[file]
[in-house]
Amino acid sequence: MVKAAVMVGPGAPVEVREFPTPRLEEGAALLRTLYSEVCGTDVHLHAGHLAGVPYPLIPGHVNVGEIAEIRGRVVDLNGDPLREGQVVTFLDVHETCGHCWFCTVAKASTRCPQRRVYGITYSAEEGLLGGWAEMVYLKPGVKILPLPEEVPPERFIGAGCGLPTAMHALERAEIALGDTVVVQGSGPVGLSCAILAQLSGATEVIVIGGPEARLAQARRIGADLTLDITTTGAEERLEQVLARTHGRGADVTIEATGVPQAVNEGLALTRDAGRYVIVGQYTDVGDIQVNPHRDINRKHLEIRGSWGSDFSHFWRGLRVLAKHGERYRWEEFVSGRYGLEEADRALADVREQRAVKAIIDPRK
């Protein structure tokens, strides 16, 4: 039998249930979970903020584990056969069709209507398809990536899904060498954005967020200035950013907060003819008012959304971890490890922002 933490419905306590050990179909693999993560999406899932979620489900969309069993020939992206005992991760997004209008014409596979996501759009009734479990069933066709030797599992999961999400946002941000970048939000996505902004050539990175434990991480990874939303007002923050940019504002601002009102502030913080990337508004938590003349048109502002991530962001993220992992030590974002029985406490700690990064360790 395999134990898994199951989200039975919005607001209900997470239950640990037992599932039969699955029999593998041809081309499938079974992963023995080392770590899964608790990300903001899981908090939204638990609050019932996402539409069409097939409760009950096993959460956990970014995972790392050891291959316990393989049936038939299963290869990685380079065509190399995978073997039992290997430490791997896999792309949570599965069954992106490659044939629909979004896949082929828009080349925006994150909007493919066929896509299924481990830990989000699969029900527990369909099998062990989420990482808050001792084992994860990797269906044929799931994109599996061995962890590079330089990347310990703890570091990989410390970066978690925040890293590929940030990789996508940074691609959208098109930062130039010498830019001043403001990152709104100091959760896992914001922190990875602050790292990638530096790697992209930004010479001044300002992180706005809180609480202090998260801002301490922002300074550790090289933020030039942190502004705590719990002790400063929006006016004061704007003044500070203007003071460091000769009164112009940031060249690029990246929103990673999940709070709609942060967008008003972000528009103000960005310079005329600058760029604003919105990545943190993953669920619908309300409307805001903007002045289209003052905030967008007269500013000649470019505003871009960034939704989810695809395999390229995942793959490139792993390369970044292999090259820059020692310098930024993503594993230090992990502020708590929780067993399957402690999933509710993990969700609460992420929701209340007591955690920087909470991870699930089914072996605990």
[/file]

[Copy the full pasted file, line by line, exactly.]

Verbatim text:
[in-house]
Amino acid sequence: MVKAAVMVGPGAPVEVREFPTPRLEEGAALLRTLYSEVCGTDVHLHAGHLAGVPYPLIPGHVNVGEIAEIRGRVVDLNGDPLREGQVVTFLDVHETCGHCWFCTVAKASTRCPQRRVYGITYSAEEGLLGGWAEMVYLKPGVKILPLPEEVPPERFIGAGCGLPTAMHALERAEIALGDTVVVQGSGPVGLSCAILAQLSGATEVIVIGGPEARLAQARRIGADLTLDITTTGAEERLEQVLARTHGRGADVTIEATGVPQAVNEGLALTRDAGRYVIVGQYTDVGDIQVNPHRDINRKHLEIRGSWGSDFSHFWRGLRVLAKHGERYRWEEFVSGRYGLEEADRALADVREQRAVKAIIDPRK
């Protein structure tokens, strides 16, 4: 039998249930979970903020584990056969069709209507398809990536899904060498954005967020200035950013907060003819008012959304971890490890922002 933490419905306590050990179909693999993560999406899932979620489900969309069993020939992206005992991760997004209008014409596979996501759009009734479990069933066709030797599992999961999400946002941000970048939000996505902004050539990175434990991480990874939303007002923050940019504002601002009102502030913080990337508004938590003349048109502002991530962001993220992992030590974002029985406490700690990064360790 395999134990898994199951989200039975919005607001209900997470239950640990037992599932039969699955029999593998041809081309499938079974992963023995080392770590899964608790990300903001899981908090939204638990609050019932996402539409069409097939409760009950096993959460956990970014995972790392050891291959316990393989049936038939299963290869990685380079065509190399995978073997039992290997430490791997896999792309949570599965069954992106490659044939629909979004896949082929828009080349925006994150909007493919066929896509299924481990830990989000699969029900527990369909099998062990989420990482808050001792084992994860990797269906044929799931994109599996061995962890590079330089990347310990703890570091990989410390970066978690925040890293590929940030990789996508940074691609959208098109930062130039010498830019001043403001990152709104100091959760896992914001922190990875602050790292990638530096790697992209930004010479001044300002992180706005809180609480202090998260801002301490922002300074550790090289933020030039942190502004705590719990002790400063929006006016004061704007003044500070203007003071460091000769009164112009940031060249690029990246929103990673999940709070709609942060967008008003972000528009103000960005310079005329600058760029604003919105990545943190993953669920619908309300409307805001903007002045289209003052905030967008007269500013000649470019505003871009960034939704989810695809395999390229995942793959490139792993390369970044292999090259820059020692310098930024993503594993230090992990502020708590929780067993399957402690999933509710993990969700609460992420929701209340007591955690920087909470991870699930089914072996605990």